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Hospital Closures Affecting Rural Mothers

In rural areas of the country, hospitals are consolidating and more and more patients find themselves living dozens—if not hundreds—of miles away from the nearest medical facility. According to a recent article in The New York Times, these hospital closures are having an especially harmful effect on pregnant women who are not receiving the medical care they need in order to prevent birth defects and birth injuries. High-risk patients, in particular, are not seeing their health care providers as they should be, and more of them are seeing preterm births as a result, in part, of skipped doctor visits. As the article underscores, medical help is becoming dangerously far away for women in the rural parts of the United States. Approximately 5 percent of the country’s hospitals have closed in the last eight years. For women who need obstetric care, the situation has become even more serious.

What is causing hospital closures, and how are missed doctor’s appointments leading to health problems and personal injuries?

Costs of Providing Continuous Obstetric Care in Rural Settings Weighed Against Revenues

According to the article, under 50 percent of rural counties in the U.S. currently provide obstetric care to pregnant women, and many of the hospitals or healthcare facilities that continue to offer care to pregnant women could be at risk of closing. The reason for the closure of rural hospitals, in particular, those that provide obstetric care, is that the operating costs simply cannot be justified by the revenues. As the article emphasizes, when it comes to obstetric care, rural hospitals calculate the math of survival, weighing the cost of providing 24/7 delivery services against decreasing birthrates, shortages of doctors and nurses, and falling revenues.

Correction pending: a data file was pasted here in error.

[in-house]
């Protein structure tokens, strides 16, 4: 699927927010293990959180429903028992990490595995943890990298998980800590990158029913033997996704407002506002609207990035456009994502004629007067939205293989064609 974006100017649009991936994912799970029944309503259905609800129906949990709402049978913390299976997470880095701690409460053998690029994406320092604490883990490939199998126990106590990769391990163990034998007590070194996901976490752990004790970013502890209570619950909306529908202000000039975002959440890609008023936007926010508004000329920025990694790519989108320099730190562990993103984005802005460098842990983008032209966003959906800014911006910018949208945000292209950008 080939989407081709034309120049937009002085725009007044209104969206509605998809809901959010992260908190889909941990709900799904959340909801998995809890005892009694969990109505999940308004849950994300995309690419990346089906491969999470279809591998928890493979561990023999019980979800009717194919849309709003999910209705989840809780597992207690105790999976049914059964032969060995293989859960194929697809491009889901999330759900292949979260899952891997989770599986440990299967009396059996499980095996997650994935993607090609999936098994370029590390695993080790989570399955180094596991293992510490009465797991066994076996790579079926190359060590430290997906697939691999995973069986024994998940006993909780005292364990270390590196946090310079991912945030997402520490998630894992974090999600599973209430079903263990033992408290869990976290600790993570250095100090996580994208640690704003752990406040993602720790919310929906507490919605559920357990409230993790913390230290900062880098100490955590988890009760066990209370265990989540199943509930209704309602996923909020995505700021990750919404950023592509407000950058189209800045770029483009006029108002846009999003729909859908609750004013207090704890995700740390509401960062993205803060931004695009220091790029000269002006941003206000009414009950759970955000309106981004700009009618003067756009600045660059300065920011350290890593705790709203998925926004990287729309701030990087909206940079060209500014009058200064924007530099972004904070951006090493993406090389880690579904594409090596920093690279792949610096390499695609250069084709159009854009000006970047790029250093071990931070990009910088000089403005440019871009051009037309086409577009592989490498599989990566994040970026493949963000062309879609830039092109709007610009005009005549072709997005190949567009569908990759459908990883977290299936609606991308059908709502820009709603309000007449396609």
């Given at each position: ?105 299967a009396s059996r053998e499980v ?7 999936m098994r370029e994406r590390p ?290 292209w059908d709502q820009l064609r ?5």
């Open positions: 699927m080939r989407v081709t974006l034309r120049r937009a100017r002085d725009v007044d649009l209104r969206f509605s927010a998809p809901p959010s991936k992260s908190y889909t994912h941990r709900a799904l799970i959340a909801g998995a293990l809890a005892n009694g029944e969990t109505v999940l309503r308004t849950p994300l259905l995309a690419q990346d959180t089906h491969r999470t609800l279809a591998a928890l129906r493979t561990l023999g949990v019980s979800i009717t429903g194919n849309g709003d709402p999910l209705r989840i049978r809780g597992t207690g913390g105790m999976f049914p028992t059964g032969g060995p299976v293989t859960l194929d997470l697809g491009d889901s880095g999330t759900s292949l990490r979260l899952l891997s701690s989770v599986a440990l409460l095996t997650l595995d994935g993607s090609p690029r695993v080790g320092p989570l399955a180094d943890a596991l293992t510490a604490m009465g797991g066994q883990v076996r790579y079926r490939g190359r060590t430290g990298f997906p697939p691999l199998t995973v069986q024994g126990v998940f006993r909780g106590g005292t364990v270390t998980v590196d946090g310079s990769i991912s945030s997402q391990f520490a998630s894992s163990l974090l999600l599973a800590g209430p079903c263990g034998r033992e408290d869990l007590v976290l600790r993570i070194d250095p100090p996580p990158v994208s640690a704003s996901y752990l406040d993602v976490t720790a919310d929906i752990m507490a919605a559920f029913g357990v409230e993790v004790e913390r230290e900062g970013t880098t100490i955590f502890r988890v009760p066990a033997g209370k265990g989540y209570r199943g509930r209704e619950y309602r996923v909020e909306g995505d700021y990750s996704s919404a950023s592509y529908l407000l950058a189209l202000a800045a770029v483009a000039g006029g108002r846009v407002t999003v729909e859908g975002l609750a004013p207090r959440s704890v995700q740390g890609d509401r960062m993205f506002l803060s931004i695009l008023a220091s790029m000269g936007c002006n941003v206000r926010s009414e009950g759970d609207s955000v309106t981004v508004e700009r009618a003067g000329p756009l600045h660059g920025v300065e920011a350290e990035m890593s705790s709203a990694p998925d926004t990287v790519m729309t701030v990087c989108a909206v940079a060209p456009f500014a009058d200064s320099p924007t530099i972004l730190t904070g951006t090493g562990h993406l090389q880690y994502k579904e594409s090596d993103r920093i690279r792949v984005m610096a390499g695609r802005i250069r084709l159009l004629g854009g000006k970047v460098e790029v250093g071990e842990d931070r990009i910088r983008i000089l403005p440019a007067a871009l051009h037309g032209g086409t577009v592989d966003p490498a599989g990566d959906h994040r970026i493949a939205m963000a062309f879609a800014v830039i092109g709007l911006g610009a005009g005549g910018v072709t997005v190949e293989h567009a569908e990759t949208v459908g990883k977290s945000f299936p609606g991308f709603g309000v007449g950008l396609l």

To summarize, hospitals cannot afford to stay open in rural areas. And even when they can afford to keep their doors open, they cannot afford to maintain obstetric care facilities for pregnant women in the area. When healthcare services for pregnant women are closed, there are substantial costs to women’s health.

Women’s Health and Fetal Health Suffer as Obstetric Facilities Close

In rural areas where obstetric facilities are as far as 100 miles away from many patients’ homes, it becomes nearly impossible for these patients to receive the regular care they need to have a healthy pregnancy. It costs money in gas, not to mention the costs of childcare and lost wages due to time off from work, to travel 100 miles or more to a healthcare facility for a checkup. Pregnant women in rural areas often need to travel 200 miles or more round-trip in order to see an OB/GYN on a regular basis. In terms of time, that is at least three hours in traveling time and often more. And even if there is a facility nearby, the closure of other nearby locations can mean that women are turned away for care.

When pregnant women receive little to no prenatal care, there are often serious health consequences. According to data reported by Child Trends, mothers who do not receive prenatal care or receive late prenatal care “are three times more likely to give birth to a low-weight baby, and their baby is five times more likely to die.”

Contact an Experienced Birth Injury Lawyer

A clear message from the recent article is that pregnant women in rural areas have less access to healthcare, and the issue of access leads more pregnant women to miss valuable doctor’s appointments and prenatal care. Those women are more likely to have premature babies, babies with serious birth injuries, and babies with birth defects. If you have questions, an experienced birth injury lawyer can speak with you today. Contact Cohen, Placitella & Roth for more information.

Contact us for your consultation (215) 567-3500